The further south a constellation, the less time it is visible during the
year in the Northern Hemisphere.
Students make and use a star finder to help them locate constellations and stars
in the night sky. This activity reinforces the idea that the apparent movement
of constellations is caused as the Earth rotates on its axis, and that different
constellations become visible during the year because the Earth revolves around
Plan for a star finder for each student. They may be purchased (See Materials)
or made from a star finder patterns on cardstock. A good source is Uncle Al's
Star Finder (See Materials). This activity may be used before Activity 1,if
you choose, but it might be easier for students to do if they have some background
knowledge about constellations.
- Ask students what things are visible in the night sky and how can they find
out what things are visible to them on particular nights. Explain that a simple
star finder is a tool that can help them find some of the main things visible
in the night sky.
- Have students make their own star finders. Cut out the star map and star
locator pieces according to printed instructions. Tape together star locator
and insert star map.
- Orient students to the parts of the star finder. If you have been doing
Activity 1 with the students, they should recognize that the star map is similar.
Practice aligning times on the star locator with dates on the star map. Identify
stars and constellations that will be visible tonight at 8:00,10:00, 12:00
- Have students find the constellation of their astrological “sign.”
Also have them notice which constellations are not visible.
- Ask questions to help students discover that the constellations that are
visible will vary by date and time of night.
Questions to ask:
- What constellations are found in the sky in Fall? Winter? Spring? Summer?
- What happens to stars during the day?
- Why do the constellations change from season to season?
- Are there any constellations that are visible during every season? Why?
- Are there any stars that do not seem to move?
- Why are some constellations not visible during some parts of the year?
- How is the sky different from 8:00 to 10:00? 12:00 midnight? 4:00 A.M.?
- Have a “star party ” at night and use the star finders for
locating constellations. Have students teach family members about the constellations
using star finders. Arrange for telescopes and astronomers to help. (See Additional
- During a “star party,” it is a good time to introduce some of
the brightest stars. Teach students that the magnitude or brightness of a
star depends on a combination of several factors: size of star, temperature
of star, and distance from Earth. As students learn the names and locations
of stars they will have a reference point for understanding the differences
in sizes and distances of stars in the sky.
- Make a Star Clock. This is a simple device that is used to determine the
time by the location of stars relative to the North Star. The clock is rotated
until the stars on the clock line up with the stars in the sky. A simple star
clock is available on the same Internet site as Uncle Al 's Star Finder (See
||8.6 light years
|37 light years
|25 light years
|42 light years
|773 light years
||11 light years
||522 light years
||17 light years
||65 light years
||197 light years
||262 light years
||31 light years
||25 light years
||1467 light years
||77 light years
||49 light years
Have students make constellation viewers using film canisters. The constellation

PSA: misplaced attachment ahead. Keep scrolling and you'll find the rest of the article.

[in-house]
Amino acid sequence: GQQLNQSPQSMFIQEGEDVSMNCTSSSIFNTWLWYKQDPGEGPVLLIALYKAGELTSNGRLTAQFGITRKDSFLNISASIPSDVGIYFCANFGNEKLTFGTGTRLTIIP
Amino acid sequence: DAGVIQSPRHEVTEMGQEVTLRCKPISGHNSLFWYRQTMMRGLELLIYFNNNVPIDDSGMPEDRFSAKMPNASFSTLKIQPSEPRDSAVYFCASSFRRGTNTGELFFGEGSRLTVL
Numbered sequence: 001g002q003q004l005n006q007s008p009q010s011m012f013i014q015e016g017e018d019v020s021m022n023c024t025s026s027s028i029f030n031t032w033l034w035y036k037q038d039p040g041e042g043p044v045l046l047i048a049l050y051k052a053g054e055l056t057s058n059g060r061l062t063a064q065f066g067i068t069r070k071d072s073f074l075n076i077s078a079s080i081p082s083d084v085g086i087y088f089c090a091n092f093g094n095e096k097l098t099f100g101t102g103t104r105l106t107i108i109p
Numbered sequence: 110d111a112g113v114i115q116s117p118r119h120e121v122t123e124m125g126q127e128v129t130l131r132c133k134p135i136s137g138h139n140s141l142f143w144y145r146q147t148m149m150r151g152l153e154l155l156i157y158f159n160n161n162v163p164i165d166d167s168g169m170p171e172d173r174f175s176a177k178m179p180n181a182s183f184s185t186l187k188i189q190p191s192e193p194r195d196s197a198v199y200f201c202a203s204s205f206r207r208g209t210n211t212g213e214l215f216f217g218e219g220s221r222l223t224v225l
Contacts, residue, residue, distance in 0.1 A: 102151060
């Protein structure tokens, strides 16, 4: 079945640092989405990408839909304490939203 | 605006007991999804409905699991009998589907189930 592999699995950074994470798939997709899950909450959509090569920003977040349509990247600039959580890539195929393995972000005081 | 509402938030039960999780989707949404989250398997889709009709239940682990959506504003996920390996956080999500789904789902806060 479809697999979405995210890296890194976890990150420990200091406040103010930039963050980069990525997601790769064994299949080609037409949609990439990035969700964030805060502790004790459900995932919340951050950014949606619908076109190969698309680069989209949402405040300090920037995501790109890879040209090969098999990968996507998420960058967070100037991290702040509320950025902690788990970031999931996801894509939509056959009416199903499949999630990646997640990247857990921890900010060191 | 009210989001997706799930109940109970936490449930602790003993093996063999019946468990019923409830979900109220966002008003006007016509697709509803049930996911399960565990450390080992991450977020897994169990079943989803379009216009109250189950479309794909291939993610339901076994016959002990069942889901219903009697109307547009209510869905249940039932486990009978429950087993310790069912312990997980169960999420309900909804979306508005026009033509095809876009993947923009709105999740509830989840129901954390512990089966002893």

viewer will have pinholes in the bottom to simulate seeing the constellation.
These constellation viewers could be made and/or used at a star party.
Prepare constellation patterns that will fit within the circumference of a
film canister lid. To do this, isolate constellation patterns on a star finder
(see Materials). Reduce or enlarge the pattern if necessary. Next make reverse
images of the constellations. Students cut out constellation patterns, place
the reverse image pattern on the outside bottom of film canister, and tape it
in place. Using a pushpin, students poke holes through the stars on the pattern
and the film canister bottom. Students can view the constellations by holding
the canister toward a light source and looking through the open canister.
Another option is to have students research and complete an information box
about the constellation on the viewer. The information box is taped around the
outside of the canister or rolled up and put inside the canister for easy reference.
The box should be a rectangle that measures "height by circumference”
of the canister. Information could include how to find the constellation, when
it appears in the sky, a description, myths associated with it, etc. Students
may either wrap the information box around the outside of the canister and tape
it in place, or roll up the information box and place it inside the film canister.
Sample Information Box
The Big Dipper, part of the constellation Ursa Major
Best time to view: January – October
Importance: The two outer stars of the cup point to the North Star
The Big Dipper is a group of stars or an asterism that is part of the
larger constellation Ursa Major (Big Bear). It is one of the easiest star
groups to recognize because all seven stars are fairly bright stars and
it is in the northern sky year round. The Big Dipper is useful because
it helps locate other constellations.
One version of a Greek legend says that Zeus ' wife Hera was jealous
of Callisto and changed her into a bear. Native Americans saw a bear (the
dipper) being chased by three hunters (the handle). The second hunter
is carrying a pot (a double star) for cooking the meat.
- Have students teach others how to make a star finder and explain how it
works. For example, students could teach their parents or siblings how to
make and use one at a star party in the evening.
- Have students draw constellations and write what they have learned about
them and stars in their journals.
- Have students explain why the constellations visible at 4:00 or 5:00 in
the morning are the same stars that will be visible in the evening four to
six months later.
- When students have made constellations or film canister viewers, organize
a round robin and have the students teach their constellations to each other.
This lesson is part of the Sixth Grade Science Teacher Resource Book (TRB3)
http://www.usoe.org/curr/science/core/6th/TRB6/. The TRB3 is designed to be
your textbook in teaching science curriculum to your students. This book covers
all the objectives of each standard and benchmark. If taught efficiently, a student
should do well on the End-of-Level (CRT) tests. The TRB3 is designed for
teachers who know very little about science, as well as for teachers who have a
broad understanding of science.
Created Date :
Oct 04 2002 08:51 AM